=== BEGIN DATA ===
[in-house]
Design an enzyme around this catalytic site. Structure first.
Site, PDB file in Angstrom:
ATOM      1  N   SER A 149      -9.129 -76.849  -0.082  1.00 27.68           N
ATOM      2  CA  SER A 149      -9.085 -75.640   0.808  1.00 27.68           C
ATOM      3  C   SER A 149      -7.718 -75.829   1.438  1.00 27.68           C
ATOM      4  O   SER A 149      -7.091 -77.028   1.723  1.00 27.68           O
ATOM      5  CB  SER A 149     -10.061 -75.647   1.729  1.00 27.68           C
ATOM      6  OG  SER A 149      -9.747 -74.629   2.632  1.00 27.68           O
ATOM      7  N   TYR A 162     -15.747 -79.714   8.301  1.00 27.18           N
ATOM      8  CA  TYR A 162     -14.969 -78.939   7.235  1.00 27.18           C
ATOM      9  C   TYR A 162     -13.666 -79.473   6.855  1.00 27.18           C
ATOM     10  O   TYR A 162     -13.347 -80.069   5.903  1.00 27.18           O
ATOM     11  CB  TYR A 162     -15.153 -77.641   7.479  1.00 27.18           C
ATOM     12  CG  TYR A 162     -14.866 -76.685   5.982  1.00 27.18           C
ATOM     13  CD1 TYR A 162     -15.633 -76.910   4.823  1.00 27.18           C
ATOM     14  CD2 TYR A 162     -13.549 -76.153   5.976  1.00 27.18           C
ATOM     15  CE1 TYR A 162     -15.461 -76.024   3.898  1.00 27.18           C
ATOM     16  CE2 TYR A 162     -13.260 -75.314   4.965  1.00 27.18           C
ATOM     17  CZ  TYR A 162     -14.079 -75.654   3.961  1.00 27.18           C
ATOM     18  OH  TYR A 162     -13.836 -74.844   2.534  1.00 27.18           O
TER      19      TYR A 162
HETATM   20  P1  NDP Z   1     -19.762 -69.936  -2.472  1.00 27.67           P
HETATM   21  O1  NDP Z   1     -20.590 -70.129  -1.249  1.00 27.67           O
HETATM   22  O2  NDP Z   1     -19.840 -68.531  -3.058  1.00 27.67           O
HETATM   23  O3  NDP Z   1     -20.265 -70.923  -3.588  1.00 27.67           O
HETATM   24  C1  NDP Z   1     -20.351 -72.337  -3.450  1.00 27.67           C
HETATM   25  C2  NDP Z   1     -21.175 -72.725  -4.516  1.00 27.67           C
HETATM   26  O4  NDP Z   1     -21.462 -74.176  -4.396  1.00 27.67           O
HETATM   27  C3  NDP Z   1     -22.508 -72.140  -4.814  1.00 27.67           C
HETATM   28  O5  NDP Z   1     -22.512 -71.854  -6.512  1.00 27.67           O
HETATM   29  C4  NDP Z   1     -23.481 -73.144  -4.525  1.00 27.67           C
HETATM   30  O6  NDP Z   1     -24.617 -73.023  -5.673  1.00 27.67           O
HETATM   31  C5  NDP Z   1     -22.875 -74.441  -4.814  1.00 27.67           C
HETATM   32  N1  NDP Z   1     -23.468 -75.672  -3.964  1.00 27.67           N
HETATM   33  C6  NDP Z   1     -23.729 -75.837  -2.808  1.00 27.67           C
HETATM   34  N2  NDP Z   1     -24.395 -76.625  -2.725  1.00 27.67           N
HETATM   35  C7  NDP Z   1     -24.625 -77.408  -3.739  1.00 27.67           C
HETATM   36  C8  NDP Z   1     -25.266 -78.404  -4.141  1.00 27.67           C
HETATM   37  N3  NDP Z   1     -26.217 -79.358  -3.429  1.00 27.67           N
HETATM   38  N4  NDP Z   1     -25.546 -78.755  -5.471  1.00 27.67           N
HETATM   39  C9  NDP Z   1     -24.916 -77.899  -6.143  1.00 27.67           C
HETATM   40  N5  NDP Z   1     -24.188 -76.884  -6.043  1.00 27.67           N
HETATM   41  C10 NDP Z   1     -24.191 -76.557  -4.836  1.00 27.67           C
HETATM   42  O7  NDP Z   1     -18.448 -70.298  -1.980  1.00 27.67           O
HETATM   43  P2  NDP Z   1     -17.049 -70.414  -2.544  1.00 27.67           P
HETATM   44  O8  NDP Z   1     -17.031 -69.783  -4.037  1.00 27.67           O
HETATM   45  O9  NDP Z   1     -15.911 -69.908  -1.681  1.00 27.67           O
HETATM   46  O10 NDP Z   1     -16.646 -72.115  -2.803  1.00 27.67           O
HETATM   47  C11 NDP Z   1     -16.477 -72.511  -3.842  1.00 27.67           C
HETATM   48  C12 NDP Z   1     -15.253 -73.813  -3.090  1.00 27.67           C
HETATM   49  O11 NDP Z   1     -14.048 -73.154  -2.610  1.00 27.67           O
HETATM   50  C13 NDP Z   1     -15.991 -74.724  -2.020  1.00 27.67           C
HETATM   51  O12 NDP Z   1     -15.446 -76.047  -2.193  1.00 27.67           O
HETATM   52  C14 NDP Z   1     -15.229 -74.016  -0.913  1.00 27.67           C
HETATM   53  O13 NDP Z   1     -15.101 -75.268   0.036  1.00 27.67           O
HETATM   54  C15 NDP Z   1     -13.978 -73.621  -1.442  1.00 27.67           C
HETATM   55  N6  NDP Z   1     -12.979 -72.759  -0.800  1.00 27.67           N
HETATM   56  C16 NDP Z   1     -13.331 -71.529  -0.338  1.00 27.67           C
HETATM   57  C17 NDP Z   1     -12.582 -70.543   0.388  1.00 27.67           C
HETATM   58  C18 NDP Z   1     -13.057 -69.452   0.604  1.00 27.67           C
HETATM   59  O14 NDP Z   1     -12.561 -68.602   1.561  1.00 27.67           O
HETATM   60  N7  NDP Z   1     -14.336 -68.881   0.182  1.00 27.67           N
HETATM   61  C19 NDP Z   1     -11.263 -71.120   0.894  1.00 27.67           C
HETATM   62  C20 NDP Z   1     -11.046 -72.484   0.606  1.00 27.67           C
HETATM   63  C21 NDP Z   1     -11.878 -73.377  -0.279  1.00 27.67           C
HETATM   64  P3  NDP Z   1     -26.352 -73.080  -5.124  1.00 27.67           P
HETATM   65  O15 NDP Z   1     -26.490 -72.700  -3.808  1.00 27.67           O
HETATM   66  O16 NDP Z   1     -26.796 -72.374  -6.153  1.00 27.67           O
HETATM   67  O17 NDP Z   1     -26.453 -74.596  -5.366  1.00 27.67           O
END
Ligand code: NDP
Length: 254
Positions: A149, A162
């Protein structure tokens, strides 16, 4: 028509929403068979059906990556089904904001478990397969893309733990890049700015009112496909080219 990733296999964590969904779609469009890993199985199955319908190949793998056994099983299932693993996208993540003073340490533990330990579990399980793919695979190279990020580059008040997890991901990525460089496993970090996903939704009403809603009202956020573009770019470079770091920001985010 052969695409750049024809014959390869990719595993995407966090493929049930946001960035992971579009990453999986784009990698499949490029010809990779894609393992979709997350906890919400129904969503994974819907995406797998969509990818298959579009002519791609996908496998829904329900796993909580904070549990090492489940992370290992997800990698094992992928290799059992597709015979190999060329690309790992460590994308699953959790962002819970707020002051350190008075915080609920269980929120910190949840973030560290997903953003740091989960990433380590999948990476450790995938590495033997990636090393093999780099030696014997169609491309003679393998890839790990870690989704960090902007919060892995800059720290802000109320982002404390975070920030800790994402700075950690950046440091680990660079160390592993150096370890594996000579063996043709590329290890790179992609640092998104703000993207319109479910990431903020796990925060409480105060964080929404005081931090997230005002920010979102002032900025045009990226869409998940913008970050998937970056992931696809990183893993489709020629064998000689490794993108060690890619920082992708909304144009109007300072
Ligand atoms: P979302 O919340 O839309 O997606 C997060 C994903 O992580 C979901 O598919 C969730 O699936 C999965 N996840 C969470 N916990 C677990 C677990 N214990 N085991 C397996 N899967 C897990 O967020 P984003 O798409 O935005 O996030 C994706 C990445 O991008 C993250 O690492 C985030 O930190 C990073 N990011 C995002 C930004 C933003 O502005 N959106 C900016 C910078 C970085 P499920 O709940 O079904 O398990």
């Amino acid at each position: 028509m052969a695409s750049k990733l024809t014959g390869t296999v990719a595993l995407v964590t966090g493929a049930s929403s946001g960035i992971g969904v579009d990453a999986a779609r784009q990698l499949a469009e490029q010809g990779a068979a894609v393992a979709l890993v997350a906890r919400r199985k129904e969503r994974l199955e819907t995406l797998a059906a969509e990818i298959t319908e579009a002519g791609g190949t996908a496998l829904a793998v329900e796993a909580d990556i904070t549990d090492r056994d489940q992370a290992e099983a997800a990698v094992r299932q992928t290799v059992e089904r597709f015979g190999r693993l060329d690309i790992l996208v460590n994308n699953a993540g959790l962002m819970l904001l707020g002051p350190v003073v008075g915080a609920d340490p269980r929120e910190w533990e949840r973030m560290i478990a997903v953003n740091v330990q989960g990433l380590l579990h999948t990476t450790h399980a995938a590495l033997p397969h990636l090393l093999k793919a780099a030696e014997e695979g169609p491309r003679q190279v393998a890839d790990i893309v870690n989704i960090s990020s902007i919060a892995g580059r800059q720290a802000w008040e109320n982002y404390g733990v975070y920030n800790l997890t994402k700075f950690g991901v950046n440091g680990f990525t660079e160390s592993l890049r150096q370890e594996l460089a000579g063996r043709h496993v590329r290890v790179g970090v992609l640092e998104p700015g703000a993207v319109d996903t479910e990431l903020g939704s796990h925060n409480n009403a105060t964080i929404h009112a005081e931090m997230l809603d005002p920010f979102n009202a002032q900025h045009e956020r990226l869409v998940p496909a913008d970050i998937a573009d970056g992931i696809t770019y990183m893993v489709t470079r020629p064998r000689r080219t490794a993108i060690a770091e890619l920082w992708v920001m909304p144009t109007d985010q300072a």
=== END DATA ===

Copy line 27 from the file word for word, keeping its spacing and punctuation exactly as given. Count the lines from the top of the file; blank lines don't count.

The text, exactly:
HETATM   24  C1  NDP Z   1     -20.351 -72.337  -3.450  1.00 27.67           C